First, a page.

Hurricane delays and late container planning be damned, new arrivals from Hungary, Austria and Romania have finally landed in California. From out west in Sopron and Carnuntum, down in Somló and Lake Balaton, further still to Szekszárd, heading back northeast to Tokaj, and finally all the way over to Romania’s Minis region, these wines are a validation that the farming, winemaking and understanding of terroir are getting better and better year after year. The Reds: Wetzer, Muhr-van der Niepoort, Heimann, Eszterbauer and Balla Géza Only 10 years in, but using maps from the 1840s to find the best vineyards, Peter Wetzer’s 2016 vintage is our Hungarian foil for Cru Beaujolais. It doesn’t taste like Beaujolais, but the balance of spice, earth and structure makes the same person happy. Just about an hour north in Austria’s Carnuntum, the 2015 Samt und Seide from Muhr-van Der Niepoort has more limestone than Sopron’s slate, and is proof of how reflective of terroir Blaufränkisch can be. Further south in Szeskszárd near the Croatian border, we finally have some Kadarka back in stock. Once the most planted red in Hungary and a muse to composers like Franz Liszt (Hungarian Rhapsodies…), it nearly disappeared during Communism. … Continue reading The Red, White, and Botrytized from Hungary, Austria and Romania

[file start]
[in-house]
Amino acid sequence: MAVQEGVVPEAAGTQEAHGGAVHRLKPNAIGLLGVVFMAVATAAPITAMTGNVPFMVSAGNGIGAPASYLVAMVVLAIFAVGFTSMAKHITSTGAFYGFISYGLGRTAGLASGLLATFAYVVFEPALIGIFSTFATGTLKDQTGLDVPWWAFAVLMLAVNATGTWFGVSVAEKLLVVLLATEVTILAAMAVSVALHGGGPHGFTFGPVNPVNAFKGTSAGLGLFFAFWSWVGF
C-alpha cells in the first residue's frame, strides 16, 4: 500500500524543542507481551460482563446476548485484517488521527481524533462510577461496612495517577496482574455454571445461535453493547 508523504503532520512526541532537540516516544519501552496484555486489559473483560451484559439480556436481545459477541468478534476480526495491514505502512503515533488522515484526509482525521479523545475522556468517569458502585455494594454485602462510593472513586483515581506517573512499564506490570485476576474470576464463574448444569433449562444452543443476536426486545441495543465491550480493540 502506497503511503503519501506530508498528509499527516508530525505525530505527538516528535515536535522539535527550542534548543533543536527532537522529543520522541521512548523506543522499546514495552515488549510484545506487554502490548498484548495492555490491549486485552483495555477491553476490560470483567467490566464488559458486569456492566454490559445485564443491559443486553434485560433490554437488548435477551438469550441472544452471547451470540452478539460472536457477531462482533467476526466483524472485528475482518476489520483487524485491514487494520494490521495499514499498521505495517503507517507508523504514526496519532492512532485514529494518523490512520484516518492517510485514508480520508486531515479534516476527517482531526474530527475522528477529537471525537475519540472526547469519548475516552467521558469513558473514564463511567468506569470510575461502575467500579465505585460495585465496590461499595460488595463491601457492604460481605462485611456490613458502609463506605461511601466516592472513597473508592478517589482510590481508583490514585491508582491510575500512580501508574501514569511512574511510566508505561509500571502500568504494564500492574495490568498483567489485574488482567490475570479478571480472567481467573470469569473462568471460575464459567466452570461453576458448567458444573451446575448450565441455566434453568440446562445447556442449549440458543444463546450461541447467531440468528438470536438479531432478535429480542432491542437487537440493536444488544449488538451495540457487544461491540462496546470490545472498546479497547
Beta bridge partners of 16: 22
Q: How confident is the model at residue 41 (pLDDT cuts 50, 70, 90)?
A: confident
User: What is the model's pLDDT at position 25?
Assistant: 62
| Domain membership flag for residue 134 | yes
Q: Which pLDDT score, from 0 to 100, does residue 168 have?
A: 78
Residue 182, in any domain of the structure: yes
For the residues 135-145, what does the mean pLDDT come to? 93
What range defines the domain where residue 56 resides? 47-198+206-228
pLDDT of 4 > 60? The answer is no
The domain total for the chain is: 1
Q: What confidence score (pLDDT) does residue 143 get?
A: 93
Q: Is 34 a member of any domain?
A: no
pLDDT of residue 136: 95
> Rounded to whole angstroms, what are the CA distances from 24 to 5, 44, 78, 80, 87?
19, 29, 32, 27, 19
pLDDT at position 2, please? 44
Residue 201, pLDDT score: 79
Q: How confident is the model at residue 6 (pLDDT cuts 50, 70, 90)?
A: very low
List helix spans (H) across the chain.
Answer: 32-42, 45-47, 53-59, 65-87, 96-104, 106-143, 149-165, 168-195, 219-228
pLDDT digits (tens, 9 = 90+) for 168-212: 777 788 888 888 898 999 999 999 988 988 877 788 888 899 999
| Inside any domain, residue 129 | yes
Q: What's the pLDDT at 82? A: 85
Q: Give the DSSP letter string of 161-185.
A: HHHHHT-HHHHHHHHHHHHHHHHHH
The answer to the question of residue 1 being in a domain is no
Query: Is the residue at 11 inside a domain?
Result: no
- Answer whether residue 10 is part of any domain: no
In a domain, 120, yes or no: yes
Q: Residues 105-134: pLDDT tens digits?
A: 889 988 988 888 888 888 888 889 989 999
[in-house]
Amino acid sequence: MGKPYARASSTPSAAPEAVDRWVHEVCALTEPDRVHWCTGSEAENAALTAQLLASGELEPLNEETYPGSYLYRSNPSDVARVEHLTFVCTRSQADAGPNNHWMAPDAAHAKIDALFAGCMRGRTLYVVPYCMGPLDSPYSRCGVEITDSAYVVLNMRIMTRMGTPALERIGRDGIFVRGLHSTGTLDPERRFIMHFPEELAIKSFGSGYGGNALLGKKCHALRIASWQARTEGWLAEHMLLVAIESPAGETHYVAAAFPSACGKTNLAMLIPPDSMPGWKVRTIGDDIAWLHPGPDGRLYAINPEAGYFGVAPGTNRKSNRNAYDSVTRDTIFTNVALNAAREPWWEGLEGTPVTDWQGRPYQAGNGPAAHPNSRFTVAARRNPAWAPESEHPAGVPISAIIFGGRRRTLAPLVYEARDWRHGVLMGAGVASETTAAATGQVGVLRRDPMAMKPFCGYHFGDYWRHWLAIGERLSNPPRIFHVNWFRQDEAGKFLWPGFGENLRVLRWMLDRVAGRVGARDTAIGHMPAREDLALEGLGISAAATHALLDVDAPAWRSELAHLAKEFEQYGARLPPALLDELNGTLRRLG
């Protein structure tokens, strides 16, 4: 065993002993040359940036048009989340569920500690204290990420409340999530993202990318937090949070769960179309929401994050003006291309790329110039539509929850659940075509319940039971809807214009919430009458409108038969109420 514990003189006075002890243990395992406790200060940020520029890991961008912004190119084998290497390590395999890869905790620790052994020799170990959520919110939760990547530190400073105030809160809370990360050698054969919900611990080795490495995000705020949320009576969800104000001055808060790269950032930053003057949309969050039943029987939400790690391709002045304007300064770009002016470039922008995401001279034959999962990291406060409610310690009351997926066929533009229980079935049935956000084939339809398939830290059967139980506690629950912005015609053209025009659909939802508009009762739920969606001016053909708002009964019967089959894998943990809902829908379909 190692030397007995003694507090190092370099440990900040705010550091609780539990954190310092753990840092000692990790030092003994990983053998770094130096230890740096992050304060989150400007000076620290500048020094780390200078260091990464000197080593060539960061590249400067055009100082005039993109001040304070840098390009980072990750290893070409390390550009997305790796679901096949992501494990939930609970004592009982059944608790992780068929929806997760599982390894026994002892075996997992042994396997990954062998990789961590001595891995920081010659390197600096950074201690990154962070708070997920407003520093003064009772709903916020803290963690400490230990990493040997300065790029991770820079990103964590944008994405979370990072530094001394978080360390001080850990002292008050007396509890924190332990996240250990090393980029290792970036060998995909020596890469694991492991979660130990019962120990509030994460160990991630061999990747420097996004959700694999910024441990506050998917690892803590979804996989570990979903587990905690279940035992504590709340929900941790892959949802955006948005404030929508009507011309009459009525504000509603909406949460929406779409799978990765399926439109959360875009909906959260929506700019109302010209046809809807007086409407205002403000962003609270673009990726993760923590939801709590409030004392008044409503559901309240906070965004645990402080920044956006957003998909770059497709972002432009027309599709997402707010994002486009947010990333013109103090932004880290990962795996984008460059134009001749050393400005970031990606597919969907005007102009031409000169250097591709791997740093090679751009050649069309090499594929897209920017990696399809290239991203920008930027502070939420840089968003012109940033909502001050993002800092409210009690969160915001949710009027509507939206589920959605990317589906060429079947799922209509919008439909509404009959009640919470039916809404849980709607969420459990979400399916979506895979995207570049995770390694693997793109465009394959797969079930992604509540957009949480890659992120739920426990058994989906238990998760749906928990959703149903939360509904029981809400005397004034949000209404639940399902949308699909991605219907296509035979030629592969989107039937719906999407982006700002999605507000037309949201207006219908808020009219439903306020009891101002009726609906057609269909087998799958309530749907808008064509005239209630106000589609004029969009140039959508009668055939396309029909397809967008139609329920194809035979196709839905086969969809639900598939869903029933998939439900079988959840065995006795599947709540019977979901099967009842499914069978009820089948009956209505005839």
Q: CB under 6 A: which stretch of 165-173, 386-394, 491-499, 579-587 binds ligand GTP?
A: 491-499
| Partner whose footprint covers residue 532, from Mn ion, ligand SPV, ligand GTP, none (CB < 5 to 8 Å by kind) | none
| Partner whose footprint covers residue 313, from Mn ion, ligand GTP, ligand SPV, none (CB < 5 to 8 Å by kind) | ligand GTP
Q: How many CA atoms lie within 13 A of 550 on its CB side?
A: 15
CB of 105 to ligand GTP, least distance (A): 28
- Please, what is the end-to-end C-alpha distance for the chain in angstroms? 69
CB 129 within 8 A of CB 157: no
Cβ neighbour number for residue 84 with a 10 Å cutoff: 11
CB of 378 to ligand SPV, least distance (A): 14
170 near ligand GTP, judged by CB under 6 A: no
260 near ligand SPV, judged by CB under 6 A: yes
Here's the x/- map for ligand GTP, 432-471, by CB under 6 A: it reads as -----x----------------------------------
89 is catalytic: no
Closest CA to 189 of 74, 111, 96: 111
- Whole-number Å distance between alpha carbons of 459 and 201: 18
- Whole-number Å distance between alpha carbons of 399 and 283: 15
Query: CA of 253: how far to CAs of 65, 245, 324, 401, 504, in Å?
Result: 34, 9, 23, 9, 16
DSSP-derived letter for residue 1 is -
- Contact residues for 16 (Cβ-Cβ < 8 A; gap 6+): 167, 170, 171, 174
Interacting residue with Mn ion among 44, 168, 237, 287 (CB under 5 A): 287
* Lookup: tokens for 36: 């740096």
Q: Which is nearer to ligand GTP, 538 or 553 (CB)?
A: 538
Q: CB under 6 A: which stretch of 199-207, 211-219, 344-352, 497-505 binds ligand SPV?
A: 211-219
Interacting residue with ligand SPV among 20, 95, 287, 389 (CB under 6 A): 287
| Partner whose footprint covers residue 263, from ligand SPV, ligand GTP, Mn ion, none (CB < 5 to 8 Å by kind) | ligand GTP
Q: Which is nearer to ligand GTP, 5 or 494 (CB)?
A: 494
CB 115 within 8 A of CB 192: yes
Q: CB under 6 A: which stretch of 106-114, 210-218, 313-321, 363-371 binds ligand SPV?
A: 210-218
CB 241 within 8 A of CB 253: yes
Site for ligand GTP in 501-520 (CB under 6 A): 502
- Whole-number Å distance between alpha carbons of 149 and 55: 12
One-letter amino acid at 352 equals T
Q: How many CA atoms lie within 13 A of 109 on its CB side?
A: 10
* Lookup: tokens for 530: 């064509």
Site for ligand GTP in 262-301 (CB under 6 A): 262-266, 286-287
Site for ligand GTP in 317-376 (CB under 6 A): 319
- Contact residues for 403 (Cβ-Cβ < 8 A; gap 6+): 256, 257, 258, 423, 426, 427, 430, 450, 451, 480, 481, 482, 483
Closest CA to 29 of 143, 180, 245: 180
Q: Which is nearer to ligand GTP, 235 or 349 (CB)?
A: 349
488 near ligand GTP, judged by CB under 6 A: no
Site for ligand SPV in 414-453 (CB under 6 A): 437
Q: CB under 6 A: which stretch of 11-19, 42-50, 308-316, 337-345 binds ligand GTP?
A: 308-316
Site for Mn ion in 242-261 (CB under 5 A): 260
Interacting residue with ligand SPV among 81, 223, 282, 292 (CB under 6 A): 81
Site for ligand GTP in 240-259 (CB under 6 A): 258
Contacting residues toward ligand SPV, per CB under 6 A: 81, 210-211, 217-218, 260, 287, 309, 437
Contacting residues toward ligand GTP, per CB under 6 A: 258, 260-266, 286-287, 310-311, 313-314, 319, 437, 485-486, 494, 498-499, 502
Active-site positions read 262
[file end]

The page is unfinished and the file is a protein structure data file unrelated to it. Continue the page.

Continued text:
San Francisco Magazine features an interesting article by John Capone in their latest March issue, exploring the diversity of Hungarian wine “Beyond Bull’s Blood”. Thanks to sommeliers and wine buyers eager to introduce “new” bottles to their customers, Hungarian wine is enjoying newfound respect on the well-vetted lists of restaurants like the Progress, Petit Crenn, Lord Stanley, Octavia, and the Slanted Door, and occupying hallowed shelf space at institutions like Bi-Rite and Bay Grape. Our Northern CA Sales Manager Eric Danch says: What’s most encouraging is that many of these wines don’t linger on lists; they move and get reordered. We’re seeing this in numbers; there’s undeniable growth. This year, we’re bringing in at least eight brand-new producers. What are the sommeliers saying? Jeff Berlin of À Côté on 2011 Fekete Béla Juhfark: “A fascinating grape that cab be rich and ripe, but always displays the (terroir) or its volcanic vineyards.” Courtney Humiston of Petit Crenn on Patricius Sparkling Brut: “…drinks dry but has enough richness to carry your meal”. Flora Gaspar of Da Flora on 2013 Vylyan Portugieser: “discreet spice, the jammy fruit backed by subtle tannins, and the slight lick of acid”. Chaylee Priete of The Slanted Door … Continue reading Beyond Bull’s Blood